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rest in the allowing

“Seeking doesn’t end by finding. Seeking just ends. It ends when our awareness comes to rest in the peaceful depths of our essential nature.” – Frank Ostaseski

The greatest gift I am going to give myself in 2018 is this, the end of seeking and the beginning of allowing. As I’ve ventured further and further into Frank Ostaseski’s book, The Five Invitations, I am struck by the shift in perspective he is contributing to my soul. I have always defined myself as a constant seeker…in the pursuit for greater depths, greater understanding, greater greater. What I never realized is that this constant seeking is a walking away from what is. It has also created a deep restlessness within myself. What I have never realized is that the more I seek, the further away I become of being at home within myself, and God’s presence within me. This is because I am constantly looking elsewhere, to others, and other spaces for answers, rather than resting in God’s presence within the walls and fabric of my own heart, my own story.

Pema Chödrön writes, “The problem is that the desire to change yourself is fundamentally a form of aggression toward yourself.” Wow how true this is once you play it through to it’s ultimate end. The constant striving for some greater knowledge or experience so that you can discover some truth in order to change yourself only causes a furthering from discovering who we already are. I am only just now realizing this aggression toward myself as a result of my continuous seeking for change rather than a more loving movement of acceptance.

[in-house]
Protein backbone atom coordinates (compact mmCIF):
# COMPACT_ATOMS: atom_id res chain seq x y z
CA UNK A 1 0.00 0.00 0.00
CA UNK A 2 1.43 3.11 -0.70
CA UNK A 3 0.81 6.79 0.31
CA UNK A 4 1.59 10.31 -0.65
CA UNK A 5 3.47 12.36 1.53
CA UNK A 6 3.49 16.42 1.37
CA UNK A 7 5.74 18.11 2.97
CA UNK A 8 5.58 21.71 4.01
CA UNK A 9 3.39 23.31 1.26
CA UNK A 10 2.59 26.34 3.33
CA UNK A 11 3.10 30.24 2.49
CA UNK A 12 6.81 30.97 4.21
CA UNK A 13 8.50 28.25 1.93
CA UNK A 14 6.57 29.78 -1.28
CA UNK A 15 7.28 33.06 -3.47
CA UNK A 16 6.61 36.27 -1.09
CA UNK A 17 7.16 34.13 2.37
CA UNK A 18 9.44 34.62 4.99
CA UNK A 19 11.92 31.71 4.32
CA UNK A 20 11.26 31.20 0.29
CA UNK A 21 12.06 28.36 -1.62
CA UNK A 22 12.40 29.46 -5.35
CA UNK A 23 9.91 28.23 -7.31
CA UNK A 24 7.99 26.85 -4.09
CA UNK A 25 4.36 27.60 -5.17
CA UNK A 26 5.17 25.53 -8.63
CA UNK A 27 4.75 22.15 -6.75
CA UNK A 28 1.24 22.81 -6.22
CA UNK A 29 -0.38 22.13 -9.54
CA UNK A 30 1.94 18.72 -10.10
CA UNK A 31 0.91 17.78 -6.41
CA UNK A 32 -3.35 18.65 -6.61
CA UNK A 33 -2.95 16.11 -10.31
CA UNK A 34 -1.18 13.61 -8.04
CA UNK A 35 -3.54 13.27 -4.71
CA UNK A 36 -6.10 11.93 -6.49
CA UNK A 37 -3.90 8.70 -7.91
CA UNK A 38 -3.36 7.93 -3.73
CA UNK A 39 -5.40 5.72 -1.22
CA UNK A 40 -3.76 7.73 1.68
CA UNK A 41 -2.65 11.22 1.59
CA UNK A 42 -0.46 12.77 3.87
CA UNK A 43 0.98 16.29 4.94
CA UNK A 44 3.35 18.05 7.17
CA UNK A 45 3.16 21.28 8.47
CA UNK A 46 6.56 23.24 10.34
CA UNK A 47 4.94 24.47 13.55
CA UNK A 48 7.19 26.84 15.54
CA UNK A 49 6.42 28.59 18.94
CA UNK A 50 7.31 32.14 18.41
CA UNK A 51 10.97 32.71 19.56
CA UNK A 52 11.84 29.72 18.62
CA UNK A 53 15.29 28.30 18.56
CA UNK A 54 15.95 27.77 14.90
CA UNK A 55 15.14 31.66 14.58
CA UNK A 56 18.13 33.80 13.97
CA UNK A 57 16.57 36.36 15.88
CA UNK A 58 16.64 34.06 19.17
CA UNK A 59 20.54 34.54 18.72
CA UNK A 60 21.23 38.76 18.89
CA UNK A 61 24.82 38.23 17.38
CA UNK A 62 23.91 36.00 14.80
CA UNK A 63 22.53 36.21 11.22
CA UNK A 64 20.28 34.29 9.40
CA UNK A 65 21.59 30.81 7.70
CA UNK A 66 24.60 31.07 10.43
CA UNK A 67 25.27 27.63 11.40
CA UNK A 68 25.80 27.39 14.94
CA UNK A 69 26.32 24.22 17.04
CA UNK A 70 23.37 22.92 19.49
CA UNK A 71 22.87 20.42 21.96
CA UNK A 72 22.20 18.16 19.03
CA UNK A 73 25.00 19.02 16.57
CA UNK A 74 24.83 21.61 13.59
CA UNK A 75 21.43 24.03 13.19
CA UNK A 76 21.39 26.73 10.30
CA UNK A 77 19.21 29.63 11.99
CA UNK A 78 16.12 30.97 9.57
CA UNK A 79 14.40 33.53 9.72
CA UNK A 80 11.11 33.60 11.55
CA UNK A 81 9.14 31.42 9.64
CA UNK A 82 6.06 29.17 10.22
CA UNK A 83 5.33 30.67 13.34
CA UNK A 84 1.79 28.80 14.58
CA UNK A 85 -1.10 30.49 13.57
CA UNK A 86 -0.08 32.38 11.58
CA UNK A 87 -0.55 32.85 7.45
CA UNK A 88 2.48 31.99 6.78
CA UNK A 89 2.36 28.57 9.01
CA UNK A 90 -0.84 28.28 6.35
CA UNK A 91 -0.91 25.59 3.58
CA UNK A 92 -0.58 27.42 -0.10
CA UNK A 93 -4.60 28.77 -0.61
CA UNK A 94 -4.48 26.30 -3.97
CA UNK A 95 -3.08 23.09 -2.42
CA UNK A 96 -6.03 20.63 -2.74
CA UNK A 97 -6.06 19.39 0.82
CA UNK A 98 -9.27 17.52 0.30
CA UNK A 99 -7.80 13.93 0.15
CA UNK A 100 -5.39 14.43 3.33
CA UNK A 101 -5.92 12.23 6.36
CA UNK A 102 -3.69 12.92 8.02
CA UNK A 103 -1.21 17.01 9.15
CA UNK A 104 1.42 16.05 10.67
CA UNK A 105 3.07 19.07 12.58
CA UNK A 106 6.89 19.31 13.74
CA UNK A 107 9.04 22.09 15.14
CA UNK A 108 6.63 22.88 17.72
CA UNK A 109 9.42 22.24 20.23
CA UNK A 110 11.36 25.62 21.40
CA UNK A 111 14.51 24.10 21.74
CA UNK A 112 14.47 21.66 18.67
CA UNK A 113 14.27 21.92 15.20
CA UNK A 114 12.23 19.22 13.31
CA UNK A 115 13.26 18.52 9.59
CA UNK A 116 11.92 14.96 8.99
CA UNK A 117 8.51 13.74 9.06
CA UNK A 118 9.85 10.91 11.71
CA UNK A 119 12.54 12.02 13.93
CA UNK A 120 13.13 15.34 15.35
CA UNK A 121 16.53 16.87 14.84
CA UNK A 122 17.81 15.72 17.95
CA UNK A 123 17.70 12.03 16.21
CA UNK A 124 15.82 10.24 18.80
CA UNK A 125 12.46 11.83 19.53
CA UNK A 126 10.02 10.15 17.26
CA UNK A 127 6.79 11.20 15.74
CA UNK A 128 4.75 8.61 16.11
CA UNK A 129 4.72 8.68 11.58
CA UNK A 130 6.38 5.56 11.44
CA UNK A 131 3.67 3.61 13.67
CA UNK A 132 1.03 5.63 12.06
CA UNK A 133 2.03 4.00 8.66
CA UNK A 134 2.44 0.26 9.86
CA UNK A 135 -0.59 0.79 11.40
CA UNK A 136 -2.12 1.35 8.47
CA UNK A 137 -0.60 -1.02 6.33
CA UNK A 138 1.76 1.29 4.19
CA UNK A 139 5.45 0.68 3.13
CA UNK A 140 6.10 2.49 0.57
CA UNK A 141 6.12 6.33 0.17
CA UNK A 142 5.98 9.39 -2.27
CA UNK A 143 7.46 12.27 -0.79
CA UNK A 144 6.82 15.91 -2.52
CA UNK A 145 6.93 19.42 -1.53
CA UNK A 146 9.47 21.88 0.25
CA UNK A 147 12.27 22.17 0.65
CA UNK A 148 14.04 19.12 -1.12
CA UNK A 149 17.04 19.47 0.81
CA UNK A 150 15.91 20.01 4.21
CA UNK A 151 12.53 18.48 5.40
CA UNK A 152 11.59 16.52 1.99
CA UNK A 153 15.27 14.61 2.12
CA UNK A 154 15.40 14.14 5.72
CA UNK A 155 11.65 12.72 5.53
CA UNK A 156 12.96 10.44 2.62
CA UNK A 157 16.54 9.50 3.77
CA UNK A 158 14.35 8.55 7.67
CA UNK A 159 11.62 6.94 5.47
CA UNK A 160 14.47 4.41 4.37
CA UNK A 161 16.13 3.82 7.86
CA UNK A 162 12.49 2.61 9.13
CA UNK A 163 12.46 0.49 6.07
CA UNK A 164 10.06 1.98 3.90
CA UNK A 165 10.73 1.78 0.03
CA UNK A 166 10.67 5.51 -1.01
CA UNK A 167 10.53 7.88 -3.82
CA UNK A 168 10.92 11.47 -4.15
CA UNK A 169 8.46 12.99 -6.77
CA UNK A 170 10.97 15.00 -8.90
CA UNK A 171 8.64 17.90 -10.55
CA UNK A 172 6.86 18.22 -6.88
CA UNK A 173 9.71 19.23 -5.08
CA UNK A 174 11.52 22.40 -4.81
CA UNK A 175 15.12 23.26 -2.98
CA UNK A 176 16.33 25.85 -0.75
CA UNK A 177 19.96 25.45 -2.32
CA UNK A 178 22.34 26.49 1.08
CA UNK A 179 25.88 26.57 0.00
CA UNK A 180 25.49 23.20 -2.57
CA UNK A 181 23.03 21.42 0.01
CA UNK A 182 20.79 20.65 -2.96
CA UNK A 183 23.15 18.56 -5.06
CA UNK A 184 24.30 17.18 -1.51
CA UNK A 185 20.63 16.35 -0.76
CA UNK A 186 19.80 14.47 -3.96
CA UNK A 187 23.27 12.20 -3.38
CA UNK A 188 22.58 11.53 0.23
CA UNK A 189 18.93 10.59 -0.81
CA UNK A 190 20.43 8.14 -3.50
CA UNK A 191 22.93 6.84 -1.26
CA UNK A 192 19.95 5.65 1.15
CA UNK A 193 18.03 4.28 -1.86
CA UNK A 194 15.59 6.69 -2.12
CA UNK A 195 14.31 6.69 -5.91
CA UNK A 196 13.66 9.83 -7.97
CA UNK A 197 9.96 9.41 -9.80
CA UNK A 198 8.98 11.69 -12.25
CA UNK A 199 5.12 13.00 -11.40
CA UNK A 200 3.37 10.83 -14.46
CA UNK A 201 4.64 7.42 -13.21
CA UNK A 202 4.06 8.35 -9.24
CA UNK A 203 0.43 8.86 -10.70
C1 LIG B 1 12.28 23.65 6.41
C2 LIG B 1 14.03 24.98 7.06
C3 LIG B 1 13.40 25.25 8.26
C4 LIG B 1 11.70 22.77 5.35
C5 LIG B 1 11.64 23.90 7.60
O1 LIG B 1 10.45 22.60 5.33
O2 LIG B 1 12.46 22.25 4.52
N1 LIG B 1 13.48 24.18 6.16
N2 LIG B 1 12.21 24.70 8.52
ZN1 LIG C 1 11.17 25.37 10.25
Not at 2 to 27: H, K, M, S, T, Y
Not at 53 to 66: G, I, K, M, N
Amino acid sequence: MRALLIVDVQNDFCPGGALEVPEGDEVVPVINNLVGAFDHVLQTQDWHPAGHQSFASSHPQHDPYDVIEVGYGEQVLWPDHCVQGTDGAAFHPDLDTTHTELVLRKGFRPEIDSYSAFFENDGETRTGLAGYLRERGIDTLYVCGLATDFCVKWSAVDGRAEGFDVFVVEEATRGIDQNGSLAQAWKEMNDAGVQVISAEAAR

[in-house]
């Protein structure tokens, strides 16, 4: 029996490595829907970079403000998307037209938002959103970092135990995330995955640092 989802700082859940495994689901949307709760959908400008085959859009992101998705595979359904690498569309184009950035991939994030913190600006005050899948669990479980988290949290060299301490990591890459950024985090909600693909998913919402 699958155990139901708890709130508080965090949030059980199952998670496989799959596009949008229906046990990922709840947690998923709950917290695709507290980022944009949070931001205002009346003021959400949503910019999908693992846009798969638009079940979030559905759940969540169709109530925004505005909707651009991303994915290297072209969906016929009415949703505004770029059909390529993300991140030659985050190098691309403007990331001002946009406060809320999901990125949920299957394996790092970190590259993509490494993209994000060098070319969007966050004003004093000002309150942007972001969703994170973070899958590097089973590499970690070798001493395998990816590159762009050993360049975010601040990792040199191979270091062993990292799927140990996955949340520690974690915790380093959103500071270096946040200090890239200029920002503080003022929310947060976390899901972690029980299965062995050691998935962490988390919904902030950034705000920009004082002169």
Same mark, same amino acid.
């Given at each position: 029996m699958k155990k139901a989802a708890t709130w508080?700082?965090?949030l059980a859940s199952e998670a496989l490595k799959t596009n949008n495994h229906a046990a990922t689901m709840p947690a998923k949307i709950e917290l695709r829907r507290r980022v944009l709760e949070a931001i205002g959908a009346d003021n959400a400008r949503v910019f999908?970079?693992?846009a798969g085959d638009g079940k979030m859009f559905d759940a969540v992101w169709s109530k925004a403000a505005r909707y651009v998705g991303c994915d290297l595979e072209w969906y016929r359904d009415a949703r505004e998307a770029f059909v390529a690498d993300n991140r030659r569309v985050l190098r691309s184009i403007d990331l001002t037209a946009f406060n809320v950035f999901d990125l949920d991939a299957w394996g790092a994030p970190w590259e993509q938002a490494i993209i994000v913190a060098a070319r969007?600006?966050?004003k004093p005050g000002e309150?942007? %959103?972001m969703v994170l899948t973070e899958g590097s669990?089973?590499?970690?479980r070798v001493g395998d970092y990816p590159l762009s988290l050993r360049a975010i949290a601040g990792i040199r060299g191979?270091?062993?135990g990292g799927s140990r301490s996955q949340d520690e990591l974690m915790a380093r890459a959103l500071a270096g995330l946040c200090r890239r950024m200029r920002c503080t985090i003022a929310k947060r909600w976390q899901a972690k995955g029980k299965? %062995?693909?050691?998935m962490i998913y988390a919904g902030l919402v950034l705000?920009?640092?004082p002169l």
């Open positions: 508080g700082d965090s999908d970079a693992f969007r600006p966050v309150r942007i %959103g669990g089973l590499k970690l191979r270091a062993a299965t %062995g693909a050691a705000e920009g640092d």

It’s crazy, as I’ve started to explore how this shift from seeking to accepting will play itself out I become anxious. Anxious because I don’t want to sit still, and perhaps I don’t want to sit still because I am afraid of what I may learn about myself or about God. Of course these are irrational fears, as I know that whoever and whatever I discover about myself comes from the ultimate love of Love itself, however, that doesn’t stop my false self from screaming illusions of fear to my mind. I also think the anxiousness comes from the habitual pattern of constant motion and I’m afraid of the slowing down and what may come up as a result.

“We do not need to go out and find love; rather, we need to be still and let love discover us.” – John O’Donohue

Letting love discover us. Such a foreign concept for our fast paced Western culture and simply our condition as humans. Afterall surely we need to DO something in order to find love or to earn love from someone else, especially God. If only I gave more money to the poor, or spent more time serving others, or prayed more, God would love me more and I would therefore feel more accepted and loved. How false this narrative is, and yet I am guilty of this as well. What would happen if I stopped seeking to have greater value from myself, from others and from God, and instead shifted that constant motion of seeking into a slowing down stillness where I let love discover me?

One of the ways I am going to DO something in an attempt to BE is that I am going to commit to the process of unpacking all of this. There has been much motion, running, and seeking these past 15 years of my life. Now I am going to slow down and start listening, an experiment that I will also be opening up and living out loud. This blog will begin the process where I live this journey in hopes that it may speak to those in my community and if nothing else helps me, as my good friend Greg Garrett says, “crystalize your thoughts” through the process of writing the journey.

More soon!

Big love,

Z

Filed under: Uncategorized

About the Author

Posted by

Zane Wilemon is the Founder and Executive Director of Ubuntu. Zane discovered his life’s calling after purchasing a one-way ticket to Kenya in 2000. After living in Kenya for a year, Zane’s life was changed as he recognized that our lives are inextricably tied to God and one another. UBUNTU’s core value is to create opportunities that empower each other to lift ourselves beyond our perceived limitations. Zane is an ordained priest in the Episcopal Church and received his undergraduate degree from the University of Kansas and his Masters in Divinity from the Seminary of the Southwest.

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